Learn how one school district in Alabama leaves no student behind when it comes to digital learning and academic success.

5 ways this district prioritizes digital learning

Learn how one school district in Alabama leaves no student behind when it comes to digital learning and academic success

It’s one thing to realize that you need more digital learning in your classroom, but it’s quite another thing to do the research and put in the time to learn how to effectively incorporate digital tools in a way that improves student success.

In Alabama’s Opelika City Schools, digital learning is an integral part of the school day, from classrooms and professional learning to behind the scenes in offices and IT operations.

Related content: Digital teaching and learning in the smartphone era

“We are a district that doesn’t buy tech tools as standalones–everything works together toward a common goal,” says Stacy Royster, the district’s technology director. “We’re very collaborative and interactive in nature.”

Here are five ways the district makes sure digital learning and student success are priorities.

1. Lightspeed Systems‘ Relay Classroom helps district teachers manage different devices in their classrooms and filter content. Students can work on assignments in Google Classroom, and teachers can use Relay to view students’ screens and open tabs or send assignment-related links to students. It also lets teachers spot conversation-worthy topics on students’ screens as they’re working.

“Our biggest goes is to try to teach them to be global citizens,” Royster says. “We want to teach them the difference between real and fake news. We want them to facilitate that discussion, and this allows us to see through their eyes what they’re doing, all in one aspect. It brings to light teachable moments for our classroom teachers that they might not otherwise have.”

2. The district uses Google Expeditions for virtual field trips. “Teachers truly understand how to use it to bring experiences to kids, and to give them background knowledge about things they’re learning about.”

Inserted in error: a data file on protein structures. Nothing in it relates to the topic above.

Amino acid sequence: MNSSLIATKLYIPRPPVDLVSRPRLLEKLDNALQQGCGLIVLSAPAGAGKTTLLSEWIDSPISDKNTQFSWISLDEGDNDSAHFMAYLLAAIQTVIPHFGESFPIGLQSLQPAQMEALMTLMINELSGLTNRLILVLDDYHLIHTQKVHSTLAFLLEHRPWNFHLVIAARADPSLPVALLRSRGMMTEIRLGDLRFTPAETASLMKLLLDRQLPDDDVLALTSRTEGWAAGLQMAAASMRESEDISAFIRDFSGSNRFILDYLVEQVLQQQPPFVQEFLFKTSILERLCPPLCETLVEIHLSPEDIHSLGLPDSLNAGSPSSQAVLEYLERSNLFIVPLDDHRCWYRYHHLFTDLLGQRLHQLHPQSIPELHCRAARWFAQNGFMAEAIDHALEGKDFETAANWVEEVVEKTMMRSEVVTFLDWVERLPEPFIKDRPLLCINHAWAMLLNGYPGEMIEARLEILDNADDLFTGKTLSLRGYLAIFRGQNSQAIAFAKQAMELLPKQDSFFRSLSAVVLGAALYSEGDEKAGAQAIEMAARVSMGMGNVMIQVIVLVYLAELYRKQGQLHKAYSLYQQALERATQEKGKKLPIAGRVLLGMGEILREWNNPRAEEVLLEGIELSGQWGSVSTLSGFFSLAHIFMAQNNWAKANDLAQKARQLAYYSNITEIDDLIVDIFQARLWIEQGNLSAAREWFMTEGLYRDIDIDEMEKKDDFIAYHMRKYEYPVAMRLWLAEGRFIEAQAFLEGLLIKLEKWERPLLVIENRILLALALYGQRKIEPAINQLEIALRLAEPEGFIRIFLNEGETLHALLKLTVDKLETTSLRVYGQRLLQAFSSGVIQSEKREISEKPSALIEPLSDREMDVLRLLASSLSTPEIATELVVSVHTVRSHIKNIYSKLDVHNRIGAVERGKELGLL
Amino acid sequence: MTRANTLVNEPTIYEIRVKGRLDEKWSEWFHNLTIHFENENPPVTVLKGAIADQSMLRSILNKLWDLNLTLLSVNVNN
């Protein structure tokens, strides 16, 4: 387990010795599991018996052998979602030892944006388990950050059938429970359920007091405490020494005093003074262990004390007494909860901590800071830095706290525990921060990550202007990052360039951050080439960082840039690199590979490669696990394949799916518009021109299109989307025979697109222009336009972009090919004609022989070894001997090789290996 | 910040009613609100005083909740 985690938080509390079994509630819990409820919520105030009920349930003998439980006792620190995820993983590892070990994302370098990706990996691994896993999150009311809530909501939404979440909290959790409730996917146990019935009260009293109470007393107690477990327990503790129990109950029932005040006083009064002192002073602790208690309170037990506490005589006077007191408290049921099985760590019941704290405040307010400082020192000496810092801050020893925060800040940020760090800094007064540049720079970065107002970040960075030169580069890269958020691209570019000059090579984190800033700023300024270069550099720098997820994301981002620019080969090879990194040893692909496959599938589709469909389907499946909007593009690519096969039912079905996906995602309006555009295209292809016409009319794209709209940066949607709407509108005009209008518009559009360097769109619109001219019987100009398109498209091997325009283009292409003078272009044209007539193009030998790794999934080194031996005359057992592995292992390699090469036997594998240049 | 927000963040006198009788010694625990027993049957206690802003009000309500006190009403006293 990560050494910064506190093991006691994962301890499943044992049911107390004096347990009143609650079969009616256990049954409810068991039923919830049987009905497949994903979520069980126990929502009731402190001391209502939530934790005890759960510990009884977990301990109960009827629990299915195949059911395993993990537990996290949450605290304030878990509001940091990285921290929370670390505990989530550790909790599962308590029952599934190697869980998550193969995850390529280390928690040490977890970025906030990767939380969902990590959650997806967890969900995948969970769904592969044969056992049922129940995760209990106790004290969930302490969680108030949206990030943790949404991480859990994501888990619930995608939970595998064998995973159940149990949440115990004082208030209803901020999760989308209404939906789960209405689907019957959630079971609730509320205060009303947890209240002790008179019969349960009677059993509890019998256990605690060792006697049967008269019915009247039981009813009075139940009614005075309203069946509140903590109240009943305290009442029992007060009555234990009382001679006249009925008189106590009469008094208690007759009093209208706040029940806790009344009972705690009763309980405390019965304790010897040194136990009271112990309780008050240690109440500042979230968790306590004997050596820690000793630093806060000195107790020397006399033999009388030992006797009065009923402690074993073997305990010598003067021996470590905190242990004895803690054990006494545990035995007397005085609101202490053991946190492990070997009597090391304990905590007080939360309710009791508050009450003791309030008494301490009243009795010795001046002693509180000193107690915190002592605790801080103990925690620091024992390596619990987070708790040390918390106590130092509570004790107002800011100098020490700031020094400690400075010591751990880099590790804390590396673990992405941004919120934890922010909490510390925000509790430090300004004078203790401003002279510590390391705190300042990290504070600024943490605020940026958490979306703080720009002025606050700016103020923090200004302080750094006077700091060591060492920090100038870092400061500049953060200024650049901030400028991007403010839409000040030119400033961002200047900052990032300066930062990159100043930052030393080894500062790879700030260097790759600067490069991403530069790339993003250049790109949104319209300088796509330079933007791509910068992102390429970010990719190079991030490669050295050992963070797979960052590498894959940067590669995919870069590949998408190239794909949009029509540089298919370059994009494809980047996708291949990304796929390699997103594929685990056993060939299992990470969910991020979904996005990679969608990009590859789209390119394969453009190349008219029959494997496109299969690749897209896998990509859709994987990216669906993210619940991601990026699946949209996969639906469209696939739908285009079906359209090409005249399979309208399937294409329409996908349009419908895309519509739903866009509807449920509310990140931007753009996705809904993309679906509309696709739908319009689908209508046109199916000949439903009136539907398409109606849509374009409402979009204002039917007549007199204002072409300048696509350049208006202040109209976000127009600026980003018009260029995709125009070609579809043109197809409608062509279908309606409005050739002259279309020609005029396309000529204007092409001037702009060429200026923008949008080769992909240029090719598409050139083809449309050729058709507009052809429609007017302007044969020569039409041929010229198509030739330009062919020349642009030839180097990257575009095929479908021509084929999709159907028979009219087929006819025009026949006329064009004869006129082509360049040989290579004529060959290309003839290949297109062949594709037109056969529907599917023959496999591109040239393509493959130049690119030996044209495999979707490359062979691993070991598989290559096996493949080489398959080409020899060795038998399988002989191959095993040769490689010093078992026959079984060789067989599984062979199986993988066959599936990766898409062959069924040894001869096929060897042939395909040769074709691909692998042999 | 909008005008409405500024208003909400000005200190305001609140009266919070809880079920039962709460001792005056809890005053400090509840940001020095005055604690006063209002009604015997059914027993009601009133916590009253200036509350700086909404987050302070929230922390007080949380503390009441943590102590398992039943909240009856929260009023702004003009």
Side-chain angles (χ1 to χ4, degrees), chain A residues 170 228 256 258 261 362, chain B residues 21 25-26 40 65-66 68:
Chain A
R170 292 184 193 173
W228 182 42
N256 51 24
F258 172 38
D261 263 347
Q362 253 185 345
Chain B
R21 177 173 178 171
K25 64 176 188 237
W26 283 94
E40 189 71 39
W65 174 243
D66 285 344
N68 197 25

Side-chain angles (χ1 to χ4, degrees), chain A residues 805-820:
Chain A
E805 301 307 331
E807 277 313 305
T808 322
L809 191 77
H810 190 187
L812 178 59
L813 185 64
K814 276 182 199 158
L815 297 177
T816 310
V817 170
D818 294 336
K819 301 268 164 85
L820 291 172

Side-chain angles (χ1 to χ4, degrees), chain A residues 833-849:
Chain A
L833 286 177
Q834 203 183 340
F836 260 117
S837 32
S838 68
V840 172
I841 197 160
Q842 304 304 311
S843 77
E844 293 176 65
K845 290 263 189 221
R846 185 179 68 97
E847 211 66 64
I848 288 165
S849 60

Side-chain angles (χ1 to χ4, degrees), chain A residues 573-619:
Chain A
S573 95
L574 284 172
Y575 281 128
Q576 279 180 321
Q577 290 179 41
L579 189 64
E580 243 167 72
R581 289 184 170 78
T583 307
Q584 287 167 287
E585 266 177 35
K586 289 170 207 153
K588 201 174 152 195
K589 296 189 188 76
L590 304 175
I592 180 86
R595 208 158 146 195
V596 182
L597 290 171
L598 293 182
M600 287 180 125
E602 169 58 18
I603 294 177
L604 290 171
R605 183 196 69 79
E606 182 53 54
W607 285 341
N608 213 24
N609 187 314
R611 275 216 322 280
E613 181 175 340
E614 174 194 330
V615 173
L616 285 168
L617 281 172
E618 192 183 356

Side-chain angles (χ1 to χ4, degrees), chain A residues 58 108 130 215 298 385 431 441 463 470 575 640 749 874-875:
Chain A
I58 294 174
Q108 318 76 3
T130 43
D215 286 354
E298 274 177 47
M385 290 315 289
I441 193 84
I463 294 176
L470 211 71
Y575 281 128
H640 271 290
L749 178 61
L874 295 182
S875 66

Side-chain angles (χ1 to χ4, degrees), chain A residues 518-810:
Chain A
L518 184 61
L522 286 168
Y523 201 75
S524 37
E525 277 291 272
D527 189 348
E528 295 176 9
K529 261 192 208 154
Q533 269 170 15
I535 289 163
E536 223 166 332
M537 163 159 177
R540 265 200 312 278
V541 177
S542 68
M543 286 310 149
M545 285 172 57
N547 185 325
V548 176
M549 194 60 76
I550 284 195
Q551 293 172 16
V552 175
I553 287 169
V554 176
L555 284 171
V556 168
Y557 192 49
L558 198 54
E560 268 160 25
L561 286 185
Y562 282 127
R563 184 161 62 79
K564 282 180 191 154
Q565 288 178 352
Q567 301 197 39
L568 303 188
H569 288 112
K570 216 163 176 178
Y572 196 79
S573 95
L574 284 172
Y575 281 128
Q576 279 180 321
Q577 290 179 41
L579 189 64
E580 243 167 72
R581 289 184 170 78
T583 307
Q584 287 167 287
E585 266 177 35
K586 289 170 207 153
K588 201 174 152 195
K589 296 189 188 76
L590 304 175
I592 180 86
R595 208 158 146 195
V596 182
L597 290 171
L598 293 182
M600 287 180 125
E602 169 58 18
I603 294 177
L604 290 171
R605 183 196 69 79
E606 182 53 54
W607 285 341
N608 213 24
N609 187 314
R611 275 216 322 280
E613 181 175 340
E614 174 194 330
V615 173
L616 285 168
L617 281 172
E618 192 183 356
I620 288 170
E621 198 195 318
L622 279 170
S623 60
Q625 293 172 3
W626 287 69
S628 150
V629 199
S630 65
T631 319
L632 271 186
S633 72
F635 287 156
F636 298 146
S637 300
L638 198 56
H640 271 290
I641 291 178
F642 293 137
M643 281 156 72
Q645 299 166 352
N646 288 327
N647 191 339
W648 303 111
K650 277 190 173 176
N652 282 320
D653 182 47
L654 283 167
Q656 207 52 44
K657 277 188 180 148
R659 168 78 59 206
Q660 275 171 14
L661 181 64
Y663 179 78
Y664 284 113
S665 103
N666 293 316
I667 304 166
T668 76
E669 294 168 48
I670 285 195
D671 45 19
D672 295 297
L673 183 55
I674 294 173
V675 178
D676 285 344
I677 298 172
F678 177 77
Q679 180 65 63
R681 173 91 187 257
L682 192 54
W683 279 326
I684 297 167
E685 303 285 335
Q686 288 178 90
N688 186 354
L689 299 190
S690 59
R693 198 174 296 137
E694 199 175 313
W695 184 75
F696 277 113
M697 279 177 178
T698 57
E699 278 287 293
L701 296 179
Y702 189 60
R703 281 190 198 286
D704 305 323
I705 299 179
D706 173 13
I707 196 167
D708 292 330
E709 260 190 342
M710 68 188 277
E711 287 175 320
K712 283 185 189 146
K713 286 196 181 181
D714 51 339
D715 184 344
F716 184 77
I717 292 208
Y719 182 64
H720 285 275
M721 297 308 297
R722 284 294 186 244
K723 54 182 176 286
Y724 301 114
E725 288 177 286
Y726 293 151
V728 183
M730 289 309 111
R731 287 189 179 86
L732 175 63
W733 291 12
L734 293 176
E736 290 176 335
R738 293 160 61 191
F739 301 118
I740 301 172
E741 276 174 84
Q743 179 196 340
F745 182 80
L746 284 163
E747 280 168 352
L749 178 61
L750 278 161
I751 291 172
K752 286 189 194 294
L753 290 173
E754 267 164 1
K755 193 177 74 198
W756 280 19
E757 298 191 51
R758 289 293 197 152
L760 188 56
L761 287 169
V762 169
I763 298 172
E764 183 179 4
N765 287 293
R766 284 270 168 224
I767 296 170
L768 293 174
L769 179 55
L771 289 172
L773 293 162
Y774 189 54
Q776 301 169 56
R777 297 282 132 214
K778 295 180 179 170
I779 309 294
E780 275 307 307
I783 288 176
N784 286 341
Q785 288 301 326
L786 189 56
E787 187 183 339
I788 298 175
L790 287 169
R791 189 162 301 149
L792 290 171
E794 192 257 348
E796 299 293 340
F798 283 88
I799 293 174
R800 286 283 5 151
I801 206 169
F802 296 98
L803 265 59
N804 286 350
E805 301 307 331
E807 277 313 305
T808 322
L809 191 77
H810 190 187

Reading instruction is a big focus at the elementary level, but students might not all have the same background or experiences to relate to reading subject matter.

“We use these virtual field trips to give kids the background knowledge to help them understand the context of what they’re reading. Sixty-seven percent of our district is on free and reduced lunch–not all of our kids get to travel, see, and experience things. We take them everywhere to give them these senses and experiences they might not otherwise have,” Royster says.

3. The district is a very big Project Lead The Way (PLTW) district. PLTW creates engaging and hands-on classroom environments and helps students develop in-demand knowledge and skills.

Royster says the Career and Technical Education Pathways program built into the district’s high school enables many students to graduate having earned part of their professional certifications in various fields, such as business and marketing, health science, and information technology. In fact, one student who had an automotive parts manufacturing internship through PLTW was offered a salaried position after his supervisors saw how talented he was with CAD software.

4. Workforce-relevant learning is emphasized, and students are encouraged to explore pathways that link classroom learning to professional goals. “We’re partnered with quite a few companies around here and we try to focus on things that are workforce-needed,” Royster says.

For example, students looking to enter into agriculture gain experience on a working 18-acre district farm. They use GIS mapping with iPads to mark planting time and data for each crop. The data is uploaded to the web where growth and progress are tracked.

5. Teachers are continually encouraged to learn new ways to incorporate digital learning strategies into their instruction. “Every October I hold a big technology expo in the district,” says Royster. “Teachers pick six courses to go through, and it’s a day-long conference put together and built completely by teachers.” Conference sessions are teacher-created and teacher-led, and they all focus on ways to incorporate technology and digital resources into classrooms.

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Laura Ascione

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